Israeli PM Netanyahu says Hamas members are 'dead men walking' as he vows imminent ground invasion of Gaza

October 26, 2023
Ben Marquis

As the world watches and waits for Israel to fully launch its justified military response to the egregious atrocities committed by Hamas terrorists against predominately civilian Israelis on Oct. 7, Israeli Prime Minister Benjamin Netanyahu has ramped up his rhetoric about an impending ground invasion of Gaza.

In a nationally televised speech on Wednesday, Netanyahu referred to members of Hamas as "dead men walking" and insisted that a ground invasion was coming soon while he noted that Israeli actions thus far had already "eliminated thousands of terrorists," according to the Washington Examiner.

Israel's leader declined to provide any specifics on the time and manner of the impending invasion of Gaza, for obvious reasons, but stressed that plans for the imminent operation had been "unanimously determined" by his Cabinet and the general staff of the Israel Defense Force.

"All Hamas members are dead men walking"

According to The Times of Israel, Prime Minister Netanyahu said during his Wednesday speech that "Israel is in the midst of a fight for our existence," and pointed to two primary aims of that fight -- "to eliminate Hamas by destroying its military and governance capabilities, and to do everything possible to get our hostages back."

"All Hamas members are dead men walking -- above and below ground, inside and outside Gaza," he continued and referenced other top leaders and advisers who "are working around the clock in order to achieve the war aims until victory, and doing so without political considerations."

Netanyahu also said that the thousands of Hamas members who'd already been killed on the day of the terror attack and in airstrikes or limited incursions into Gaza was "only the beginning" of the Israeli response.

Ground invasion is coming soon, Netanyahu vows

As for the anticipated IDF ground invasion of Gaza, Netanyahu said, "We are preparing for a ground incursion. I won’t specify when, how, how many. I also won’t detail the range of considerations, most of which the public is not aware of. And that’s the way it is supposed to be. This is the way, so that we protect our soldiers’ lives."

He noted that "The timing of the operation was determined unanimously by the war cabinet and the chief of staff," and insisted that, once the invasion began, "We will extract the full price from those murderers, those perpetrators of atrocities" against mostly civilian Israeli men, women, and children.

The prime minister further reiterated his call for Palestinian civilians in Gaza to evacuate toward southern Gaza, said there would be special days of mourning in the future to honor those killed by Hamas, and promised to help rebuild the Israeli communities that had been brutalized and devastated by the terrorists.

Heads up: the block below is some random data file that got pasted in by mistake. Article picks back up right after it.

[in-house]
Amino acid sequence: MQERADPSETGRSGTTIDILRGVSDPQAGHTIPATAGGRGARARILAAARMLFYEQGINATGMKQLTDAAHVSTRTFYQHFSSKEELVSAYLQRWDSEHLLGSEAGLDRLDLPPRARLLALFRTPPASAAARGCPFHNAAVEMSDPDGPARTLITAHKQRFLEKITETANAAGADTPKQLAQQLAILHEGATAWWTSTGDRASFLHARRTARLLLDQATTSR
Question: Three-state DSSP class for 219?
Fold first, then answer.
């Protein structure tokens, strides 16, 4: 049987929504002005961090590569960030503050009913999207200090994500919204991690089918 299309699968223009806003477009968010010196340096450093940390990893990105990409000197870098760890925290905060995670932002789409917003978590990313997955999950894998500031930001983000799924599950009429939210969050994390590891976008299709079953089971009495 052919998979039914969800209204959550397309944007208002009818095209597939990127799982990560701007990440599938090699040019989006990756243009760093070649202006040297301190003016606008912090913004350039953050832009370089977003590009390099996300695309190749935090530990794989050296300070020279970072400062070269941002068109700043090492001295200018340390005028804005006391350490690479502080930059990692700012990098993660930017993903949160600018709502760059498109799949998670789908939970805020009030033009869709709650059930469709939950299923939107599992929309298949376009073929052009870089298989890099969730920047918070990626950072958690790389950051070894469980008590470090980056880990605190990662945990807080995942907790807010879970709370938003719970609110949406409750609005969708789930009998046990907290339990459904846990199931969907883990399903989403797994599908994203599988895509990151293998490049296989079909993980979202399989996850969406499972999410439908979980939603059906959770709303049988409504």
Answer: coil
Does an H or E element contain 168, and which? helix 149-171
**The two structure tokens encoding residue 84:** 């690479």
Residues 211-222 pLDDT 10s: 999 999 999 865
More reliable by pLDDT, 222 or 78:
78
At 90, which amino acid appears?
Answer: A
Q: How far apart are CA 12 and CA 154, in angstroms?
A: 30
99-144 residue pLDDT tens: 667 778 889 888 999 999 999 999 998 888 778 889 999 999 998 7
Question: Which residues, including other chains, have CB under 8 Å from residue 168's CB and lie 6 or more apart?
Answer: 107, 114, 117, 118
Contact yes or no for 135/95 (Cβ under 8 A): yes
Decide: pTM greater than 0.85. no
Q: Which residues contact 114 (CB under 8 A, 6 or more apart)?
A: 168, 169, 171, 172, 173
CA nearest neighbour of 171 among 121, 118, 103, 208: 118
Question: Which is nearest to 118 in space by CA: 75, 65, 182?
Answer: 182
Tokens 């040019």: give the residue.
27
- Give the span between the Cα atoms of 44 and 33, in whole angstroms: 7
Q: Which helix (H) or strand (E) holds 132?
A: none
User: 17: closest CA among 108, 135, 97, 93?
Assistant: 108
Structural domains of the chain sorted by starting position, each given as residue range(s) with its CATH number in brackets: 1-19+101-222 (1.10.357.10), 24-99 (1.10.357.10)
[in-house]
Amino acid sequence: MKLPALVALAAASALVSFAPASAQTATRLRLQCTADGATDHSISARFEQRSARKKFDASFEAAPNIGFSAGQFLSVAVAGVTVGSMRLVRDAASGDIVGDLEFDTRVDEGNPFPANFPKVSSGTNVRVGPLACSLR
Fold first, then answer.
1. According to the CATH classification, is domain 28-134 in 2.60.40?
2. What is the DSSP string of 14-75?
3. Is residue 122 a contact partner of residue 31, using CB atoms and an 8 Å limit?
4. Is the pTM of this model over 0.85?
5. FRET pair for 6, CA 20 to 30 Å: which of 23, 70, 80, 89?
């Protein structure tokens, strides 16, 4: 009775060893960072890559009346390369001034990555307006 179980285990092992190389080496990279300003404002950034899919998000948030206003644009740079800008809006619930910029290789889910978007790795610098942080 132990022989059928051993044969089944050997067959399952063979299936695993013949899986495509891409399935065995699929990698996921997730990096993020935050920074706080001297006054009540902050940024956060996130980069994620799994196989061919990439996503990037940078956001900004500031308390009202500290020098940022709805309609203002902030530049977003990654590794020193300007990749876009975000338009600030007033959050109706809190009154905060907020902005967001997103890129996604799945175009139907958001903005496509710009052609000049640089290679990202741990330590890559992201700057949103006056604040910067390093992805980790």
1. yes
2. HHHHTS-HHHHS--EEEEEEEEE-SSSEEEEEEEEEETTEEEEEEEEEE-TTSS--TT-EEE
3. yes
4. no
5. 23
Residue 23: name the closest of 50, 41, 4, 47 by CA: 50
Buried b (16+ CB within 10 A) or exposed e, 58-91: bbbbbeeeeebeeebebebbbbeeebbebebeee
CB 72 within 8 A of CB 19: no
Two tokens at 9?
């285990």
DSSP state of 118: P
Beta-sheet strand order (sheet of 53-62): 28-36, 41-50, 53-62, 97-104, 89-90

According to the Examiner, Netanyahu also appeared to indicate that there would be time later to assign blame and accountability for missed warning signs of the coordinated wave of Hamas attacks on Oct. 7 and said, "Everyone will have to give answers on the debacle -- including myself -- after the war."

Why has the ground invasion been delayed?

It had been widely expected that Israel would waste little time in mounting an invasion of Gaza to exact vengeance in the immediate wake of the Hamas attacks, but now more than two weeks later, that anticipated IDF operation has yet to fully materialize, save for the incessant airstrikes on Hamas leadership and known positions along with the limited incursions that are likely being used to gather intelligence on Hamas defenses and the locations of more than 200 hostages.

According to the Wall Street Journal, part of the reason for the delayed ground invasion is to allow more time for the U.S. military to deploy advanced anti-missile batteries and other air-defense systems in strategic locations across the Middle East region, as well as to allow for civilian evacuation, the provision of humanitarian aid to fleeing Palestinians, and for diplomatic efforts to secure the release of hostages -- at least four of whom have been let go thus far.

Concerning the hostage release efforts, Israel has notably received substantial assistance from a seemingly unlikely ally, Qatar -- which, it should be pointed out, has also provided a safe haven for Hamas leaders for years.

The head of Israel's National Security Council, Tzachi Hanegbi, said Wednesday on social media, "I’m pleased to say that Qatar is becoming an essential party and stakeholder in the facilitation of humanitarian solutions. Qatar’s diplomatic efforts are crucial at this time."

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